At length enjoys that liberty he lov'd. In this epitaph, as in many others, there appears, at the first view, a fault which I think scarcely any beauty can compensate. The name is omitted. The end of an epitaph is to convey some account of the dead; and to what purpose is any thing told of him whose name is concealed? An epitaph, and a history of a nameless hero, are equally absurd, since the virtues and qualities so recounted in either are scattered at the mercy of fortune to be appropriated by guess. The naine, it is true, may be read upon the stone; but what obligation has it to the poet, whose verses wasder over the earth, and leave their subject behind them, and who is force: like an unskilful painter, to make his purpose known by adventitious help
This e pitaph is wholly without elevation, and contains nothing strikir; or particular; but the poet is not to be blamed for the defects of his susject. He said perhaps the best that could be said. There are, however, some defects which were not made necessary by the character in which he was employed. There is no opposition between an honest courtier and a patriot; for an honest courtier cannot but be a patriot.
It was unsuitable to the nicery required in short compositions, to close his verse with the word too; every rhyme should be a word of emphasis, nor can this rule be safely neglected, except where the length of the poem, makes slight inaccuracies excuseable, or allow3 room for beauties sufficien: to overpower the effects of petty faults.
At the beginning of the seventh line the word filled is weak and prosaic, having no particular adaptation to any of the words that follow it.
The thought in the last line is impertinent, having no connection with the foregoing character, nor with the condition of the man described. Ha the epitaph been written on the poor conspirator* who died lately in prisce,
Major Ihesgardi; who died in Dairesite, Sept 20, 1736. Sen Gent Mag. vol. Lo po 125, N,
after a confinement of more than forty years, without any crime proved against him, the sentiment had been just and pathetical; but why should Trumbal be congratulated upon his liberty, who had never known restraint ?
To this sad shrine, whoe'er thou art, draw near,
And with a father's sorrows mix his own! This epitaph is principally remarkable for the artful introduction of the name, which is inserted with a peculiar felicity, to which chance must concur with genius, which no man can hope to attain twice, and which cannot be copied but with servile invitation.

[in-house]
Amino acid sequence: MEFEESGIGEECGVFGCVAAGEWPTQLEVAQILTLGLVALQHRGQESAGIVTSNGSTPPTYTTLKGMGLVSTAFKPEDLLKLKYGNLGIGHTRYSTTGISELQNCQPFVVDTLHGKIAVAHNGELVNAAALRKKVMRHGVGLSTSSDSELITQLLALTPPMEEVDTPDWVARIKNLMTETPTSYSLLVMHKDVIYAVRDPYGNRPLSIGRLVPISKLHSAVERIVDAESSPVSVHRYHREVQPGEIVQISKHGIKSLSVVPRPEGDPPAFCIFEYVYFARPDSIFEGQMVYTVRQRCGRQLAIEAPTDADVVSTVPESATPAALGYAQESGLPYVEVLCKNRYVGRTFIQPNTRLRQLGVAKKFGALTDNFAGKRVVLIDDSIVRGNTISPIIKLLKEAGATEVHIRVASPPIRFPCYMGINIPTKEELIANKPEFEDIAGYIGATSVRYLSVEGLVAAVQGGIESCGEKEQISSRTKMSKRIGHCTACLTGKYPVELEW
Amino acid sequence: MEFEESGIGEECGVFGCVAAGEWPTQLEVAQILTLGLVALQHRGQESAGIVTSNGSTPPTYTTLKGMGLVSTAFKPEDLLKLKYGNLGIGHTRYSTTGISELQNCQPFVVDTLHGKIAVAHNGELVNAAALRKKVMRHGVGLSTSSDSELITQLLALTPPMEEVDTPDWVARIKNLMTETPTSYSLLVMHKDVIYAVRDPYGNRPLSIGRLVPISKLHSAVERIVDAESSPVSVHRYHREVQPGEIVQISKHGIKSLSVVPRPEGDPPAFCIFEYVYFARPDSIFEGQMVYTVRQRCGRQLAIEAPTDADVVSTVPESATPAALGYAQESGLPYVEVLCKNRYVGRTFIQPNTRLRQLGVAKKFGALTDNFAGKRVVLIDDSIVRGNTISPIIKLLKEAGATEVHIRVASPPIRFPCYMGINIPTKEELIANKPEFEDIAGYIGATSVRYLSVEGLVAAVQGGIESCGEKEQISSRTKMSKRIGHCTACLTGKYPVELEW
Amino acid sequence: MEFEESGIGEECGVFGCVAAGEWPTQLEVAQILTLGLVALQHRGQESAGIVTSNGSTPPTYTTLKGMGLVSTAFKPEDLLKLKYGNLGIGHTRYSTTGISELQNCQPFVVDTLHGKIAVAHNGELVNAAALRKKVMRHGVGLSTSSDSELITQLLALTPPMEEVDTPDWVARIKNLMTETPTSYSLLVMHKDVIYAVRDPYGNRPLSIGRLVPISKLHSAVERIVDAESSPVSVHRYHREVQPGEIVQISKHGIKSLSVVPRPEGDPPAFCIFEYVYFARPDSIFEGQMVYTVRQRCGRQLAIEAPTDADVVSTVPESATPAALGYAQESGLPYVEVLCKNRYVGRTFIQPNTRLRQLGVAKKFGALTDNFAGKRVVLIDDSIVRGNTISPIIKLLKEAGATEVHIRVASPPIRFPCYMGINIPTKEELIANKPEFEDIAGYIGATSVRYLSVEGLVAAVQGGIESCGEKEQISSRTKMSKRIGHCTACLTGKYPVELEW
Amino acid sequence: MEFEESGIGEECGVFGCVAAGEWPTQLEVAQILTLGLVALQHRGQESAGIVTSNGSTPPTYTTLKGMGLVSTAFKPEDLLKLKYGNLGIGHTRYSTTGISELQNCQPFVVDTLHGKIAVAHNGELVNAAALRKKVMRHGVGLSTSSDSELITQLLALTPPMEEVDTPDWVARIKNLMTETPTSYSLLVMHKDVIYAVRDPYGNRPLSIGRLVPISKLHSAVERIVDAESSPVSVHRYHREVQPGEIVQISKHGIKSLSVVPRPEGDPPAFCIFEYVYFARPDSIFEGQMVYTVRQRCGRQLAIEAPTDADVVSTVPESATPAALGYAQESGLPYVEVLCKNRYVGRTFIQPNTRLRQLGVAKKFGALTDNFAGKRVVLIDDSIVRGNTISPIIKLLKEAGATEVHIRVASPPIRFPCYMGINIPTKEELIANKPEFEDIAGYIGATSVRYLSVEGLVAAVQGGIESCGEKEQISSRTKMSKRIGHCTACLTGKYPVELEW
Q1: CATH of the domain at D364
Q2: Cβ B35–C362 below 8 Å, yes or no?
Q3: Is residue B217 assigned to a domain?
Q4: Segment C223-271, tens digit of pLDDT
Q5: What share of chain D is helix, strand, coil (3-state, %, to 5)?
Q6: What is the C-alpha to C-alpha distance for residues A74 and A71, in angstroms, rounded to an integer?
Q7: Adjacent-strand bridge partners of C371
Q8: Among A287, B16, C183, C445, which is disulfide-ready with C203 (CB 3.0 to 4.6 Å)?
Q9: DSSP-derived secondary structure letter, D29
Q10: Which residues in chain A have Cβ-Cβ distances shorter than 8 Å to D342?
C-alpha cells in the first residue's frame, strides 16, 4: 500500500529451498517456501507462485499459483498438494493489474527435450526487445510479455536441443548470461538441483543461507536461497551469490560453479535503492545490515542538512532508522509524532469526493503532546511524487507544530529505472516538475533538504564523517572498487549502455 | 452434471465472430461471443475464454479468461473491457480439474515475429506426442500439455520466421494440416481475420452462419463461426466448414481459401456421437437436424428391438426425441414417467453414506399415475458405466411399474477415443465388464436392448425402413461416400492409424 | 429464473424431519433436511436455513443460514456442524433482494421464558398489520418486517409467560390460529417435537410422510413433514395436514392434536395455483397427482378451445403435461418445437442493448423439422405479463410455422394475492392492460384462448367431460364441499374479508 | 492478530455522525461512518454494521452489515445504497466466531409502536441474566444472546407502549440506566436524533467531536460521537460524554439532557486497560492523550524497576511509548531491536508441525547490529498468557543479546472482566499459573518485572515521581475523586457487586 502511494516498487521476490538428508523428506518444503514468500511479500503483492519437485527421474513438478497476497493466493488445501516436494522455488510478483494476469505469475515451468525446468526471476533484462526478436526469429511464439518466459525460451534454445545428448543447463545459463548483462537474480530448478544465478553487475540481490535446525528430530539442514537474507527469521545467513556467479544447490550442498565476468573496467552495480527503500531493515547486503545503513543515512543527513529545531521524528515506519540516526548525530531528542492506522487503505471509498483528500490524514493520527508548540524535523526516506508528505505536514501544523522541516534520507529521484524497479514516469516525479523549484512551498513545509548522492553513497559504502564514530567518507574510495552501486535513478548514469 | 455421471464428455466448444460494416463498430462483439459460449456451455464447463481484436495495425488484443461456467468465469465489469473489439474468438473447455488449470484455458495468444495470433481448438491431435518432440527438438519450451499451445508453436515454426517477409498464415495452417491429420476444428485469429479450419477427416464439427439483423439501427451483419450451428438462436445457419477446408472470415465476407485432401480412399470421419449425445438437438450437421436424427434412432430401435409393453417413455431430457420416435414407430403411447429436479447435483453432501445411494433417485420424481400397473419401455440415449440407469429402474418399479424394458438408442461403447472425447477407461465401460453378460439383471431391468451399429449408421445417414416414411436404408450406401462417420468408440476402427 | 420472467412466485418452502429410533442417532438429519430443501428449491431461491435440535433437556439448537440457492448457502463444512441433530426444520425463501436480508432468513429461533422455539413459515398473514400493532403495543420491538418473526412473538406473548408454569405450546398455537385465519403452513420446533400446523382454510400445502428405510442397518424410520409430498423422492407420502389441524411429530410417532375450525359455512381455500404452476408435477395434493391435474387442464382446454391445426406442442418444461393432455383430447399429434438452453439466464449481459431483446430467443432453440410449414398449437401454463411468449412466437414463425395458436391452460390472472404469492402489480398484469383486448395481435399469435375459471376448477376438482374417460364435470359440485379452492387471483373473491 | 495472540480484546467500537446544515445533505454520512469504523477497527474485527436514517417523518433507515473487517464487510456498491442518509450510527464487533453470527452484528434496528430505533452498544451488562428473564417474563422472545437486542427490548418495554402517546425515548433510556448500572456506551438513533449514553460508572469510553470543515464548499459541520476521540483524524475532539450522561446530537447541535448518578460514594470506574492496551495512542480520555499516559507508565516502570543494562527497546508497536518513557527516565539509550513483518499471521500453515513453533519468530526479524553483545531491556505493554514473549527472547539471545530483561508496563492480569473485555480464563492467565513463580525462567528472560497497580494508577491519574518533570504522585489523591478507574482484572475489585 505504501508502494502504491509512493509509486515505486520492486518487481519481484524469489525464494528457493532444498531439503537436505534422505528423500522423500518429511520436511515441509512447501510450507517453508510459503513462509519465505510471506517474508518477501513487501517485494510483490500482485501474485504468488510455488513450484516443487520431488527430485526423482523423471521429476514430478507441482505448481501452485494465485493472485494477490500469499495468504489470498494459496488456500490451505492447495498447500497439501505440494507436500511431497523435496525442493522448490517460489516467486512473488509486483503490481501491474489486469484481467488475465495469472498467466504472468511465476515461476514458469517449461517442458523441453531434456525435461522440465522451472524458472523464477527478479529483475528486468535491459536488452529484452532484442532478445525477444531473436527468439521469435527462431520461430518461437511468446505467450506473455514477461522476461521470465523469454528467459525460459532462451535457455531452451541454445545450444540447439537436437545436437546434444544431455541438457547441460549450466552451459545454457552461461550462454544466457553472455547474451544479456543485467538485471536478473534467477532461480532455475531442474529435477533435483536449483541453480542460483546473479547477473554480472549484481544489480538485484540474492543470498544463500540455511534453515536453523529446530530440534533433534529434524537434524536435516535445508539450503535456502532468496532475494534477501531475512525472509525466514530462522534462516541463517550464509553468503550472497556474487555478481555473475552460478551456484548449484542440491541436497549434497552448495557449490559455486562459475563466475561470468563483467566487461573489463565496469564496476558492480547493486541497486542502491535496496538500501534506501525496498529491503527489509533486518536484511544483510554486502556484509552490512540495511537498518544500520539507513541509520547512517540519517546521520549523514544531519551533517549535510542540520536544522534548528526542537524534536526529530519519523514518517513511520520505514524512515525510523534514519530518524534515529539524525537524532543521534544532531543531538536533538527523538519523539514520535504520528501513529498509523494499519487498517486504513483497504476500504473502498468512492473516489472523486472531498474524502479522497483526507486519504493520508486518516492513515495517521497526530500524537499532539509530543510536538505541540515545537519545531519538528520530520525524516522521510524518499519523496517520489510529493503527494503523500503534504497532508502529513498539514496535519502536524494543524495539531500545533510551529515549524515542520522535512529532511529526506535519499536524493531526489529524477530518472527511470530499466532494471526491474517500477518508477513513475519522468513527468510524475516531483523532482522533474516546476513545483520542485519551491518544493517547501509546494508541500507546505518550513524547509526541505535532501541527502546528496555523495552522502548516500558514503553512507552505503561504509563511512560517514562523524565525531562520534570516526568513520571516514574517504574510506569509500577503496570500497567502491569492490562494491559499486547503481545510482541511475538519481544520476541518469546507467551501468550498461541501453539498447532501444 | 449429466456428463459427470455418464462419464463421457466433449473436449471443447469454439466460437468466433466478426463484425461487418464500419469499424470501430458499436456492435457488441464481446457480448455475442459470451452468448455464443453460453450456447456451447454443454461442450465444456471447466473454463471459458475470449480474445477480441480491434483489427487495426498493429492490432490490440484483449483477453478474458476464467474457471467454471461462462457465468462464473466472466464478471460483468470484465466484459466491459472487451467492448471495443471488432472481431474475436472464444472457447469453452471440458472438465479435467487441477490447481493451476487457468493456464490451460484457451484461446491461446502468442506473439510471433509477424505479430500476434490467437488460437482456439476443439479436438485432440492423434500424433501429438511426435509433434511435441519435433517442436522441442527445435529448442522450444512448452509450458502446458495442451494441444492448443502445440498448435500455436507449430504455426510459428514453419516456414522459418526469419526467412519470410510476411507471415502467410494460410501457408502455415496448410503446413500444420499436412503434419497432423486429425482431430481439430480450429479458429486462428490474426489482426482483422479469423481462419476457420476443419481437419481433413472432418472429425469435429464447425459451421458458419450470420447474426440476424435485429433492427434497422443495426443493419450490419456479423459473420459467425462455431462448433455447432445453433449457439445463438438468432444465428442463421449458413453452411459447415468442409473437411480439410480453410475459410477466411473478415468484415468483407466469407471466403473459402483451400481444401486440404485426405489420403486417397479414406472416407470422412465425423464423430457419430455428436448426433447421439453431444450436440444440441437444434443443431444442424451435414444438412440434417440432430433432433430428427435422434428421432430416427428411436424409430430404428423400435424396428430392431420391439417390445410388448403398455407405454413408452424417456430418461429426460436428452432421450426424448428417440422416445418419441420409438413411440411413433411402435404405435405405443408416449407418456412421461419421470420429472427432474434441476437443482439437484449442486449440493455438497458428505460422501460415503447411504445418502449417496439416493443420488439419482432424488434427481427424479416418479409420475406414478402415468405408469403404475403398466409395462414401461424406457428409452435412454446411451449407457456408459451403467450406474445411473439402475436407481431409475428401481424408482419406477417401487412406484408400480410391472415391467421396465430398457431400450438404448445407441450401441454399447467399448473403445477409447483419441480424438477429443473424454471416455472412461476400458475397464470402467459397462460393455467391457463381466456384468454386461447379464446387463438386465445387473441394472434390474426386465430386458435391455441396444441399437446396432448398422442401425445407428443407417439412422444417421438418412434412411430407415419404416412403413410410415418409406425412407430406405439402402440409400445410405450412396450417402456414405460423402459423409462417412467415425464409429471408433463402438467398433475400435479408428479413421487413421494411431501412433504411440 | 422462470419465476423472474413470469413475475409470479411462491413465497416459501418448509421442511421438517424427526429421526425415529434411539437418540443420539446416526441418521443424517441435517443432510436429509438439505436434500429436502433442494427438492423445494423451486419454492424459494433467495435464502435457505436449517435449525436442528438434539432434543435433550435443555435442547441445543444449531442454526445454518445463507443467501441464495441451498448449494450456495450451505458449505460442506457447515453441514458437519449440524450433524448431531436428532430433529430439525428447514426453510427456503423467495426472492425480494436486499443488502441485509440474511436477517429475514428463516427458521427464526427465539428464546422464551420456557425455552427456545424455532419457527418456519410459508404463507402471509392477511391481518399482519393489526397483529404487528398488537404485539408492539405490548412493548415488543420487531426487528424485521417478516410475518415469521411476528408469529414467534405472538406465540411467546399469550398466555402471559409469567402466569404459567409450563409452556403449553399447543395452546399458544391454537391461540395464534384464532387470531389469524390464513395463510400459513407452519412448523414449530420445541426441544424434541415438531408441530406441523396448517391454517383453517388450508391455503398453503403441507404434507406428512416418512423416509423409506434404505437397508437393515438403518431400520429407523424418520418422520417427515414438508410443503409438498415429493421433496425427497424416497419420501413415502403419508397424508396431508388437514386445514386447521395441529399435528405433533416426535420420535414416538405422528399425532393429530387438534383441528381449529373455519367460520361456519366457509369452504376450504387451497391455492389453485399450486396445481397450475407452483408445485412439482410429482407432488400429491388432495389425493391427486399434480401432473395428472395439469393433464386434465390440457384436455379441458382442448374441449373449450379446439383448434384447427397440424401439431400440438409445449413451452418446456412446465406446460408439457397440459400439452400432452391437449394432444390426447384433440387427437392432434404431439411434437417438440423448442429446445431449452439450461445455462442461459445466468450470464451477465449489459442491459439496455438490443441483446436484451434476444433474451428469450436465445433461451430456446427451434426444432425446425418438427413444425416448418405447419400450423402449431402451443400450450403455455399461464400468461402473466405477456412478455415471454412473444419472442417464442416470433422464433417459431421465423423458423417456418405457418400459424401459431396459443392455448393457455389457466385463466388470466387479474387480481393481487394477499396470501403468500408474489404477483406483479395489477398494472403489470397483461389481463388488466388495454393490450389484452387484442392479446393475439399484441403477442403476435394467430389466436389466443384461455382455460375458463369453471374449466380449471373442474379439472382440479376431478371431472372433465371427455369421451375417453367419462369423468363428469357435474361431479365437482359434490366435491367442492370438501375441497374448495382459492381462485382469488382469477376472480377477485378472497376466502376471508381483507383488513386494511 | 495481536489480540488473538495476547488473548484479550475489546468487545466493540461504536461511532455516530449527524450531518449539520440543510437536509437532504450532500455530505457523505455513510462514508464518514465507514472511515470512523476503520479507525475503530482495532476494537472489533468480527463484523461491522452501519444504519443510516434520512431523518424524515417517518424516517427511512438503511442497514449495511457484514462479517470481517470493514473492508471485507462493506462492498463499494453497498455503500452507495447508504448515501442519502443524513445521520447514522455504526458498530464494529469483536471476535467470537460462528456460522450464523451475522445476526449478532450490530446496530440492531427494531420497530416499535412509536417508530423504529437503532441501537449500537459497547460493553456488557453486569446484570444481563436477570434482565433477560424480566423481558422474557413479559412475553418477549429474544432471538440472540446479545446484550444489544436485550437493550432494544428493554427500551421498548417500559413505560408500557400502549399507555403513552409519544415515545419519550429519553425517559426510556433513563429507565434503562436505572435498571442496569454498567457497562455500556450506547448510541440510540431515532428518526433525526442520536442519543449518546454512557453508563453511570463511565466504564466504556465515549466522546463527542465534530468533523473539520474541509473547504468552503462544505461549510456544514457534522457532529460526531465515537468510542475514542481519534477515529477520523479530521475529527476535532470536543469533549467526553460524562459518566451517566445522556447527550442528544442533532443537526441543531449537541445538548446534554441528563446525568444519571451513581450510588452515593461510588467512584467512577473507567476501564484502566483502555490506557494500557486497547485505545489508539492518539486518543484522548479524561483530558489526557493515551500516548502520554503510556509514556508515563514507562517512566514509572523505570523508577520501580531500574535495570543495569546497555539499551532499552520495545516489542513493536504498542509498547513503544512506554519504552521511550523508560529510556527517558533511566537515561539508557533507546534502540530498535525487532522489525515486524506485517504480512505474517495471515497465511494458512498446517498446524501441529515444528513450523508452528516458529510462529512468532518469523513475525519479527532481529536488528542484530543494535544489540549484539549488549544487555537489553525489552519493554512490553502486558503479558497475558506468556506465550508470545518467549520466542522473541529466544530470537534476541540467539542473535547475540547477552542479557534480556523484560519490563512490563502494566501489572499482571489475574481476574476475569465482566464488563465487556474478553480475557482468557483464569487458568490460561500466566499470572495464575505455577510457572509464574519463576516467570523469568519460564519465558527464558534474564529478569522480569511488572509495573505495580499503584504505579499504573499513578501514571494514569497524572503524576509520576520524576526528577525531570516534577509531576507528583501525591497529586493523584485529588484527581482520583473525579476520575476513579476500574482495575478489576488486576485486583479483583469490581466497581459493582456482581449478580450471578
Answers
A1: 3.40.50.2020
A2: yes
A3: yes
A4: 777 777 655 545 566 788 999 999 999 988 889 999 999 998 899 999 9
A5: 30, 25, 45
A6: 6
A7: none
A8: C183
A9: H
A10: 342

I cannot but wish that, of this inscription, the two last lines had been omitted, as they take away from the energy what they do not add to the sense.
REGI MAGNA BRITANNIA A SECRETIS
ET CONSILIIS SANCTIORIBVS
PRINCIPIS PARITER AC POPULI AMOR ET DELICIÆ:
VIXIT TITULIS ET INVIDIA MAJOR,
ANNOS HEV PAVCOS, XXXV.
OB. FEB. XVI. MDCCXX.
Statesman, yet friend to truth! of soul sincere,
Prais'd, wept, and honour', by the Muse he lov'd. The lines on Craggs were not originally intended for an epitaph; and therefore some faults are to be imputed to the violence with which they are torn from the poems that first contained them. We may however, observe some defects. There is a redundancy of words in the first couplet: it is superfluous to tell of him, who was sincete, true, and faithful, that he was En honour clear,
4 E 2
There seems to be an opposition intended in the fourth line, which is not very obvious: where is the relation between the two positions, that he gained no title and lost no friend?
It may be proper here to remark the absurdity of joining, in the same inscription, Latin and English, or verse and prose. If either language be preferable to the other, let that only be used; for no reason can be given why part of the information should be given in one tongue, and part in another, on a tomb, more than in any other place, on any other occasion; and to tell all that can be conveniently told in verse, and then to call in the help of prose, has always the appearance of a very artless expedient, or of an attempt unaccomplished. Such an epitaph resembles the conversation of a foreigner, who tells part of his meaning by words, and conveys part by signs
Thy reliques, Rowe, to this fair urn we trust,
What a whole thankless land to his denies. Of this inscription the chief fault is, that it belongs less to Rowe, fit whom it was written, than to Dryden, who was buried near hiin; and is deed gives very little information concerning either.
To wish, Peace to thy shade, is too mythological to be admitted into a Christian temple : the ancient worship has infected almost all our other compositions, and might therefore be contented to spare our epithets. Let fiction, at least, cease with life, and let us be serious over the grave.
Here rests a woman, good without pretence,
Tbe saint sustain’d it, but the woman dy'd.